Robert Duvall, Téa Leoni, Elijah Wood, Vanessa Redgrave, Morgan Freeman, Maximilian Schell, James Cromwell, Ron Eldard, Jon Favreau
Bruce Joel Rubin, Michael Tolkin
Oceans Rise. Cities Fall. Hope Survives.
What would you do if you knew that in a handful of days an enormous comet would collide with Earth and all humanity could be annihilated?
The countdown to doomsday is underway in this "gut-wrenching, eye-popping blast of a movie experience" (Jeff Craig, Sixty Second Preview). Mimi Leder (The Peacemaker) directs, guiding an all-star cast featuring Robert Duvall, Téa Leoni, Elijah Wood, Vanessa Redgrave, Maximillian Schell and Morgan Freeman. With the film's dynamic fusion of large-scale excitement and touching, human-scale storylines, Deep Impact makes its impact felt in a big and unforgettable way.
$41.152 million on 3156 screens.
English Dolby Digital 5.1
English Dolby 2.0
French Dolby Digital 5.1
Runtime: 121 min.
Release Date: 10/5/2004
• Audio Commentary with Director Mimi Leder and Visual Effects Supervisor Scott Farrar
• “Preparing for the End” Featurette
• “Making an Impact” Featurette
• “Creating the Perfect Traffic Jam” Featurette
• “Parting Thoughts” Featurette
• Photo Gallery
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Sony 36" WEGA KV-36FS12 Monitor; Sony DA333ES Processor/Receiver; Panasonic CV-50 DVD Player using component outputs; Michael Green Revolution Cinema 6i Speakers (all five); Sony SA-WM40 Subwoofer.
Deep Impact: Special Collector's Edition (1998)
Reviewed by Colin Jacobson (September 30, 2004)
Occasionally Hollywood filmmakers exhibit some serious groupthink and produce a bunch of very similar movies in very short order. Usually one of these does well while the others tank. For example, in the late Eighties, Big struck it… uh… big, but the other “kid in an adult body” flicks from the era made little to no impact.
Periodically, none of the movies does well. Witness the onslaught of Mars flicks from a few years ago. Mission to Mars, Red Planet and Ghosts Of Mars all did quite poorly. This is a rare event, though. Normally when Hollywood latches onto a concept, they find some success; it’s weird that all of the efforts in a particular line would bomb.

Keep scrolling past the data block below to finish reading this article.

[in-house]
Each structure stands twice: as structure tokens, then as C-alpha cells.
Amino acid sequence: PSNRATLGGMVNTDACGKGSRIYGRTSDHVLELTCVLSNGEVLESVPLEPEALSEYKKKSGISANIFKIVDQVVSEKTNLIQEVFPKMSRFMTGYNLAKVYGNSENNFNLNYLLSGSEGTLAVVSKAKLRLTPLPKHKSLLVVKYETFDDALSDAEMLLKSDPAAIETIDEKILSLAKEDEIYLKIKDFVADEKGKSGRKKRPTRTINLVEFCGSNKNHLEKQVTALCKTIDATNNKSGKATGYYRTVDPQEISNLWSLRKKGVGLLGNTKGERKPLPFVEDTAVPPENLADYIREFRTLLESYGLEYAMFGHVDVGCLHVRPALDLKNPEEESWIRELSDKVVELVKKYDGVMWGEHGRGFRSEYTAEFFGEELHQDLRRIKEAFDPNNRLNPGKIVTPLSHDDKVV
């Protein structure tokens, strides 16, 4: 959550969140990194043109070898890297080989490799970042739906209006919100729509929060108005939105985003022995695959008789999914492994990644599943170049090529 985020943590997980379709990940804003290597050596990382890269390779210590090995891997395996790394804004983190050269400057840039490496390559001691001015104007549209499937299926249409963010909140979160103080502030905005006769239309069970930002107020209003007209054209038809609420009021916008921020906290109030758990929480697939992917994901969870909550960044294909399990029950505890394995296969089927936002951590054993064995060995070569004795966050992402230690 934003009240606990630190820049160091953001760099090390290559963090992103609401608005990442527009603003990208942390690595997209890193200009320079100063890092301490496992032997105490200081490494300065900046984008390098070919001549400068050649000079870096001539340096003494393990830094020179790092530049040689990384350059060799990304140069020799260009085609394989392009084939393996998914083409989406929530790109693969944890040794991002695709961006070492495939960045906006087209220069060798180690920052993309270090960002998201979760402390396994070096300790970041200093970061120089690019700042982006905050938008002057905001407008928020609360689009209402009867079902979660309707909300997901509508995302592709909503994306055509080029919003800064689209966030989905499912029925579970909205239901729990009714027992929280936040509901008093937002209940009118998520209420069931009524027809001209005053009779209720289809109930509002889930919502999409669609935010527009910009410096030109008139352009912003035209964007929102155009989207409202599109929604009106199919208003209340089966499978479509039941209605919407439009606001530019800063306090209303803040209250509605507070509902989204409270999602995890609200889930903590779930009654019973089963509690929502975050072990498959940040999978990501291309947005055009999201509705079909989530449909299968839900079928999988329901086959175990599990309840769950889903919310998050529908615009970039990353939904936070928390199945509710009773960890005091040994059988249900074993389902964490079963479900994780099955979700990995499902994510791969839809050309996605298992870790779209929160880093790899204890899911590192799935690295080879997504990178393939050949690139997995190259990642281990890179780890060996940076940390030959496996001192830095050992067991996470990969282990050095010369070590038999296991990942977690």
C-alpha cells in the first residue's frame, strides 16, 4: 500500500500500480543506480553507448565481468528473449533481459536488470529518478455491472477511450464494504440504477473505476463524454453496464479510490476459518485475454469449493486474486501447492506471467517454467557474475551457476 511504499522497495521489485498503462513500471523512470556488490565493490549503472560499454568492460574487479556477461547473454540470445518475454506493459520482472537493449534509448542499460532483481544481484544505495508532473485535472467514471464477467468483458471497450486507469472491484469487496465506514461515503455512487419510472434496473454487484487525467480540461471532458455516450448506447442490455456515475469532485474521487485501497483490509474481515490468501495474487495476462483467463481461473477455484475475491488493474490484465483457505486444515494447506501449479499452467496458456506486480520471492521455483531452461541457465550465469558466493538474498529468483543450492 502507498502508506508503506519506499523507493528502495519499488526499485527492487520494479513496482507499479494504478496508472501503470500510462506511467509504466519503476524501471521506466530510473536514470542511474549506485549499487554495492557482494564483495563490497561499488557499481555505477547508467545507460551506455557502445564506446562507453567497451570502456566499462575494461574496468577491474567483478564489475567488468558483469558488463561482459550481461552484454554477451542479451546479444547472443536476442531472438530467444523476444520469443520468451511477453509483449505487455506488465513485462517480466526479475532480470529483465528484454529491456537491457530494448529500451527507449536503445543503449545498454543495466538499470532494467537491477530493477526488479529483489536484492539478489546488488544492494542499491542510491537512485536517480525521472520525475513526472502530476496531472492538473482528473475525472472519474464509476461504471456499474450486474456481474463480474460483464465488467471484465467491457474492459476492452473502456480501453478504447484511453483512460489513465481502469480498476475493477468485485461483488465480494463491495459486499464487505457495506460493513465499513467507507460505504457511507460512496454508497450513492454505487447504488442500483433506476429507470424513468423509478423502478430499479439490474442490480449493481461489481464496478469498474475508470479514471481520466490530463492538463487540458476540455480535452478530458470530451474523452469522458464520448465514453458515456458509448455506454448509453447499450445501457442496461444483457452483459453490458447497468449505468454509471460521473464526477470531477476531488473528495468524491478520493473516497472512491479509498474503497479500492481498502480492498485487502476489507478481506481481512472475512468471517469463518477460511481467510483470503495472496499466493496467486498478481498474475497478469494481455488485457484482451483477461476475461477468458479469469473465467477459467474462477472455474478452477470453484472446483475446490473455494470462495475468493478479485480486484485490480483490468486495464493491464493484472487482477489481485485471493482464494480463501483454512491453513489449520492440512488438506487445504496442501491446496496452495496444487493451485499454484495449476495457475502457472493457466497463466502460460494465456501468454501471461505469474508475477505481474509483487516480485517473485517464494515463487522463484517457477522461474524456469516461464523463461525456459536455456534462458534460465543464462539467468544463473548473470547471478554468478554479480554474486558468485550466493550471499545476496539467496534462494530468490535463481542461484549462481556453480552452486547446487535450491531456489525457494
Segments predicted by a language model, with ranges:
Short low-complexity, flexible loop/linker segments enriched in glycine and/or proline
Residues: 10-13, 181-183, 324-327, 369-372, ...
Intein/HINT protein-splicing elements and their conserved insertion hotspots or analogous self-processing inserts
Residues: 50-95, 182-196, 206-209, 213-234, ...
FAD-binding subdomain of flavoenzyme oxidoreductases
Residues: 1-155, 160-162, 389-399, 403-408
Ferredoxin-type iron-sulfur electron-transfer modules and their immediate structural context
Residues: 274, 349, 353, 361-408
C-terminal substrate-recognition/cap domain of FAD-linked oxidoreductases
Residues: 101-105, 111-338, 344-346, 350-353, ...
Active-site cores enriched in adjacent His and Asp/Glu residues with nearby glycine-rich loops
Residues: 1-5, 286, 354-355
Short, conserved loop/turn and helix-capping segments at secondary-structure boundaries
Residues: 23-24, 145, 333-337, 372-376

Perhaps even more unusual was what happened in 1998. That year we got two big-budget “destructive object from the sky” pictures that hit screens in fairly rapid succession. Deep Impact - which threatened Earth with a giant comet – came out first in May, while Armageddon - which sent a meteorite as large as Texas at us – appeared in early July. Few thought both would do well, but they did. Deep Impact snagged a not-too-shabby $140 million, which left it eighth among the year’s top moneymakers. On the other hand, Armageddon earned a tidy $201 million and ended up as the second biggest-grossing film of the year, not far behind the $216 million of Saving Private Ryan.
Ever since then, film fans have argued about the superiority of either flick. Granted, a lot of folks thought they both stunk, while a few really liked each of them. However, most people picked sides and preferred one or the other.
This occurred because the two were really fairly different films. Armageddon appealed more to the action crowd. Director Michael Bay went with a full-on war against the space rock, as deep-sea diggers and the military took on the threatening object. It highlighted flashy thrills and did so pretty well in my estimation. Armageddon isn’t a brilliant flick, but it delivered what it promised.
Deep Impact, on the other hand, tried to be Titanic with a comet. The movie hit screens less than five months after James Cameron’s smash arrived in theaters, and it seemed clear that the studio wanted to strike a same chord. The film’s posters accentuated the human relationships, and the picture itself more strongly followed those lines.
Because Impact featured less action, many tried to depict it as more intelligent than Armageddon. Balderdash, say I. Just because the movie lacked the same level of excitement didn’t mean it was deeper or more heartfelt. In my opinion, I just thought it was less interesting. The characters and events in Impact were just as superficial as those seen in Armageddon, but at least the latter had enough thrills to make it interesting. While Impact had its moments, it generally seemed fairly flat and bland.
At the start of Impact, TV reporter Jenny Lerner (Téa Leoni) lands a story about a scandal within the presidential administration. It turns out that prominent Cabinet member Alan Rittenhouse (James Cromwell) seems to be having an affair with someone named “Ellie”. However, after a lot of confusion, the president (Morgan Freeman) fesses up that the problem comes from E.L.E.: an “extinction level event”. That’s how they refer to the impending comet that will likely extinguish life.
As it happens, we’ve already seen the discovery of this comet. High school student Leo Beiderman (Elijah Wood) first saw it during an astronomy class. His teacher had a professional examine it, but that dude got into a fatal car wreck when he raced to report findings, so it took a while for the material to emerge.